Somebody always seems to know more than you do when it comes to investing your money. Expressing even the slightest interest in doing so will cause you to receive a whole bunch of unsolicited advice by people who are sure that they know what’s going to be The Next Big ThingTM. Logic would reveal that these people don’t really know what they are talking about, because they aren’t even remotely close to being truly wealthy. Everybody seems to have an answer, but few people have the results to back up their assertions.
It’s easy to tell people how to invest when it’s not your money being risked. When your own finances are at stake, all of a sudden you find yourself analyzing every investment a little more closely. It’s easy to be fooled by promises of quick riches; casinos, stock brokers, and property managers have secured (and suckered) many people over the years by convincing them that they have to spend their money NOW or risk losing out on ultimate wealth. If you are motivated by the desire to get rich quickly, you have already started off on the wrong footing.
I have to invest to be rich – I can start with $1 as a child. I do not have to be rich to start investing, but I have to start investing to be rich.
Investing your funds in a way that will pay dividends for years to come requires you to be judicious, discerning, and most importantly, patient about what it is that you are investing in. “Investing” your money in lottery tickets is a great example of something that is none of these things. The risk of loss is extremely high, the odds of earning your money back are nearly zero, and people routinely ignore all of these things because they want to get rich quickly. If you consider the kind of mindset it takes to think that lottery tickets are a good investment, it’s no wonder that many lottery winners wind up bankrupt within a few years.
Don’t look for instant payoff when investing money. Creating wealth is a slow and methodical process that continuously builds upon itself over time. Your initial investments will be relatively small, but these will generate a consist cash flow that will allow you to parlay your earnings into bigger, better investments. The assets you own that will generate cash flow are known as capital. Bradley Sugars’ newest book, The Wealth Coach, combines the twin forces of cash flow and capital under one roof: the Money House. The foundation of the Money House is built upon by passive income, its body consists of cash flow and capital, and its completion leads to the creation of true wealth.
When deciding how to invest your money initially, find activities and assets that will continue to pay off in the future and generate additional cash flow. For example, property is considered to be a popular investment. But is it really? If the value of your house goes up, great! But what happens if its value suddenly collapses? Now you have lost a lot of money on it, and you have to continue spending money to maintain it. It’s not an asset anymore, is it? It’s now a liability. Assets feed you, while liabilities eat you.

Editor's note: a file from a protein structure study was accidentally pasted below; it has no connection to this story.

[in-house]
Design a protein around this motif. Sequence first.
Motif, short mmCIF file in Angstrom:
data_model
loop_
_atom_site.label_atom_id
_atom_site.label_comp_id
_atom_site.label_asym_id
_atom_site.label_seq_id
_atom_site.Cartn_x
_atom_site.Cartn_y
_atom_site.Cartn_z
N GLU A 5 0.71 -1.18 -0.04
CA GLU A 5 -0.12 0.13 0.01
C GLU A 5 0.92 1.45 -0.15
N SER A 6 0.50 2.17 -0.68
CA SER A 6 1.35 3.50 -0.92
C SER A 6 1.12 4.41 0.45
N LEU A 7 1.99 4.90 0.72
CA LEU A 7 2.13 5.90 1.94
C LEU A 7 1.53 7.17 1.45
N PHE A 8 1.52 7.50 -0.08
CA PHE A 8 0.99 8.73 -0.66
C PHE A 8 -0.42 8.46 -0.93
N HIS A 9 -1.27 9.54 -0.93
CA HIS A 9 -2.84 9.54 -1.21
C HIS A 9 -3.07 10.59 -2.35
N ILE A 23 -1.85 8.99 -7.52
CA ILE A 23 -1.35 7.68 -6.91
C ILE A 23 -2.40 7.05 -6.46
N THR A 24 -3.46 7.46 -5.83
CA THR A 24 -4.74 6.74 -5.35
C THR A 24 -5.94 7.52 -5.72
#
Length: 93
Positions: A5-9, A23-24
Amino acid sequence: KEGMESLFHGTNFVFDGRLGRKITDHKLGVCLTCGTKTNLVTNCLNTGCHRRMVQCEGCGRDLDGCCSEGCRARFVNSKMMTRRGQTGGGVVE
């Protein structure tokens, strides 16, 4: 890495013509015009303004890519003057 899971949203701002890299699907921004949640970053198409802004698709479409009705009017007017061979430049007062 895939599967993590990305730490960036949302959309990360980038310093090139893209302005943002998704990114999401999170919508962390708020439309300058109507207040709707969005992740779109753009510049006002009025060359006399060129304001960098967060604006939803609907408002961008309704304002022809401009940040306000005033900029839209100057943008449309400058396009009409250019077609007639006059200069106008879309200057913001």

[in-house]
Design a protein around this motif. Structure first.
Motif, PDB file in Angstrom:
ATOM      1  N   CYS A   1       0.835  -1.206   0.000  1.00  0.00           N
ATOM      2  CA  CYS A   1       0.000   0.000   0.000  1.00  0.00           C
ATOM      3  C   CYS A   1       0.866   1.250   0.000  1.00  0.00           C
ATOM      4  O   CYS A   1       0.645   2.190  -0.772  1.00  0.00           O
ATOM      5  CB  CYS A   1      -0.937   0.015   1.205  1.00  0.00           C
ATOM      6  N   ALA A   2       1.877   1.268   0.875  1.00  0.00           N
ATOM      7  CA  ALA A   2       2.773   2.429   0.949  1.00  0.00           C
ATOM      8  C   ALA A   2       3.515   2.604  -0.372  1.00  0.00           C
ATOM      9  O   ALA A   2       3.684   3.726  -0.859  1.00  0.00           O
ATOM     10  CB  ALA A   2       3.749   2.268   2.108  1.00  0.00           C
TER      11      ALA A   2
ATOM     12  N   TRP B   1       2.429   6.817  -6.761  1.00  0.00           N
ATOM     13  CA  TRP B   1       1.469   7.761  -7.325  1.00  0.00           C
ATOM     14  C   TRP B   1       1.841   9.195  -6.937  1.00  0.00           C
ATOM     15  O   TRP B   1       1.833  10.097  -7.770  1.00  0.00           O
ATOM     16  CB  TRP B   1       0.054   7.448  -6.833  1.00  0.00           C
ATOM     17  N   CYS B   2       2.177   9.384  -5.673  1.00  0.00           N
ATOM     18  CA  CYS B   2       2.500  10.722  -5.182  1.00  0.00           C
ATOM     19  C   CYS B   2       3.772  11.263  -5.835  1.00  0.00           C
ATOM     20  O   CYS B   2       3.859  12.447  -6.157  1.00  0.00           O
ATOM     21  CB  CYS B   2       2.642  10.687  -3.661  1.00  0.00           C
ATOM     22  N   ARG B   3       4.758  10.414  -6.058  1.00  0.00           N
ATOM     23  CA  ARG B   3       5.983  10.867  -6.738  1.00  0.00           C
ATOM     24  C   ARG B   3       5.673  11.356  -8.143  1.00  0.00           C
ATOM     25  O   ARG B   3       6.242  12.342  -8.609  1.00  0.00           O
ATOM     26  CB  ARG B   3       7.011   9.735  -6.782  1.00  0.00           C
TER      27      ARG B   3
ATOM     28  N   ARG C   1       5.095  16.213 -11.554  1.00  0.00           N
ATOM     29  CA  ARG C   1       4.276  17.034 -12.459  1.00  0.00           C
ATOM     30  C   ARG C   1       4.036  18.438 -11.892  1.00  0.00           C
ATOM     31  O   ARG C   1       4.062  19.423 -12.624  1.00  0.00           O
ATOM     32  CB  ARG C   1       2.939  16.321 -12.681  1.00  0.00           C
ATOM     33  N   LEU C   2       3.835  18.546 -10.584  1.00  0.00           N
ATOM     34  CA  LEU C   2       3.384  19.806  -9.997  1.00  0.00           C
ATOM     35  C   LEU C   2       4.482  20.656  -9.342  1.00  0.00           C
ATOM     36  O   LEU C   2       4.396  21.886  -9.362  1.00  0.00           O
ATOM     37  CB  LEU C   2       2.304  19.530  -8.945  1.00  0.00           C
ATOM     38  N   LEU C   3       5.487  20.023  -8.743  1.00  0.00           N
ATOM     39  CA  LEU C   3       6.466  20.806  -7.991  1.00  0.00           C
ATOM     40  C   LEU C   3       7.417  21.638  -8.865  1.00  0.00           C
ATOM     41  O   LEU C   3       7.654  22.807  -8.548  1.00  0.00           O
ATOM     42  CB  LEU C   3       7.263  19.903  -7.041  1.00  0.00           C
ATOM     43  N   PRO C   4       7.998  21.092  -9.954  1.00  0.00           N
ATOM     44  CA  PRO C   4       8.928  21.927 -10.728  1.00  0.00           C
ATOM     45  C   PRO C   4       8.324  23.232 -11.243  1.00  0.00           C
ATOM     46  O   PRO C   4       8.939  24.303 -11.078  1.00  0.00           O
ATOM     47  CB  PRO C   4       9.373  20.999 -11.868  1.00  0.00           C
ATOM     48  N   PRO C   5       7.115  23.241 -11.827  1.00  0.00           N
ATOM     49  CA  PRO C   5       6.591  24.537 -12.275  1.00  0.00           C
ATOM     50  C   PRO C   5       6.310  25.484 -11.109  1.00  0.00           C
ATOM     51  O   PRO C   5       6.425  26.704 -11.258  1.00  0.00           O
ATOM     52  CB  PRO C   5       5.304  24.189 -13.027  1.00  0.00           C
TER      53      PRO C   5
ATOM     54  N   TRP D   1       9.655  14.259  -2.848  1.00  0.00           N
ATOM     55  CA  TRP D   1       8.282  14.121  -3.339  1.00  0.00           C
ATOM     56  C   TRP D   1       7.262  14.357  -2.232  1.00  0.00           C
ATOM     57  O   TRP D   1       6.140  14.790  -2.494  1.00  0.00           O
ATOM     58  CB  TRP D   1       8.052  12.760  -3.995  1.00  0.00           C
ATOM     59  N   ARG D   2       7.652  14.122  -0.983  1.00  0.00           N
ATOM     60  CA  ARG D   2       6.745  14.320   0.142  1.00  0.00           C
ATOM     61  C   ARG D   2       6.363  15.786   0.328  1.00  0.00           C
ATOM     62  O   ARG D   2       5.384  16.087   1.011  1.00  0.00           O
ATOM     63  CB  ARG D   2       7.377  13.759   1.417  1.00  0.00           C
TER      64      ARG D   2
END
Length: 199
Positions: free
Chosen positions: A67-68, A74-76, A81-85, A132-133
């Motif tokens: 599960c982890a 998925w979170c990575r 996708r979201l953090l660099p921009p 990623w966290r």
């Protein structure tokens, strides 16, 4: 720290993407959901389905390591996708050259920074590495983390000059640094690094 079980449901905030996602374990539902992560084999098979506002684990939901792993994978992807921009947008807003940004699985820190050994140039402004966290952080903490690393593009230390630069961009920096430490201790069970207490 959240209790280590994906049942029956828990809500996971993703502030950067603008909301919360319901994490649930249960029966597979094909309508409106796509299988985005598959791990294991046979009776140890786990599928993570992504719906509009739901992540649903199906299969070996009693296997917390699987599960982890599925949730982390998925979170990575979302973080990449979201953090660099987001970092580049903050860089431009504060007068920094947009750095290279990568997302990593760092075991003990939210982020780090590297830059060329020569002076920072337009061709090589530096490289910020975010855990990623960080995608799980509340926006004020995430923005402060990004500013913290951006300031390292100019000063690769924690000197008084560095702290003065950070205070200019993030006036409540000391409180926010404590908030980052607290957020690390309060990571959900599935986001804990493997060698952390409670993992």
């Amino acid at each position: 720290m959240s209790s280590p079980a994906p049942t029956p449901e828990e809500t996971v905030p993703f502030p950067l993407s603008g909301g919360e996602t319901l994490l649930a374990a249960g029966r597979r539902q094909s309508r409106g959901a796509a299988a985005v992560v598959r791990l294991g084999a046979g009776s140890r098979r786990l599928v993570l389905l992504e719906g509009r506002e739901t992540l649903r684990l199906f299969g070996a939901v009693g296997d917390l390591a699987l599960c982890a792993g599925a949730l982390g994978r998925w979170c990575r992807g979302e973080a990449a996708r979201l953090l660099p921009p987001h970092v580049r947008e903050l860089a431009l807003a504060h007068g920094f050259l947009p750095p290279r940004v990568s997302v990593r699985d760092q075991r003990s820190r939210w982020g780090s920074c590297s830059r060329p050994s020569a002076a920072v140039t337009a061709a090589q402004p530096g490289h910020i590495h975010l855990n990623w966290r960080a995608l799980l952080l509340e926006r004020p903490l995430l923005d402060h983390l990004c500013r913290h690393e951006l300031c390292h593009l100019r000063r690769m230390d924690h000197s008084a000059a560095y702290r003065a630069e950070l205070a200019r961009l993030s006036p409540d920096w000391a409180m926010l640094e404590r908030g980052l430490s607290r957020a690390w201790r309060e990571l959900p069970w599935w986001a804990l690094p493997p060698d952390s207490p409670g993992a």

Think in terms of the Money House. Your path to true wealth requires both capital and consistent cash flow, and obtaining both of these requires that you invest your money properly. Ask yourself these questions: what kinds of investments will feed you? What assets will generate cash flow rather than cash drain? This is where careful investment and research comes into play. Stocks and property are popular examples of investments, but their value is unpredictable at best. Savings bonds and accounts are much safer, but they generate a very low level of positive cash flow. Businesses are reliable assets, but they will take many years to reach the point where they generate large amounts of positive cash flow.
I will close off by telling you that the key to wisely investing your money is to divide to multiply. The Wealth Coach uses this phrase to refer to the diverse portfolios that wealthy people curate in order to maintain the virtuous cycle of cash flow and accumulation of capital. Having a combination of high-liquidity and low-liquidity assets is the key to kick-starting this positive feedback loop. People seldom become wealthy through one type of investment. The Money House is not built upon a single foundation, and if you don’t divide your assets, you won’t be able to multiply your capital.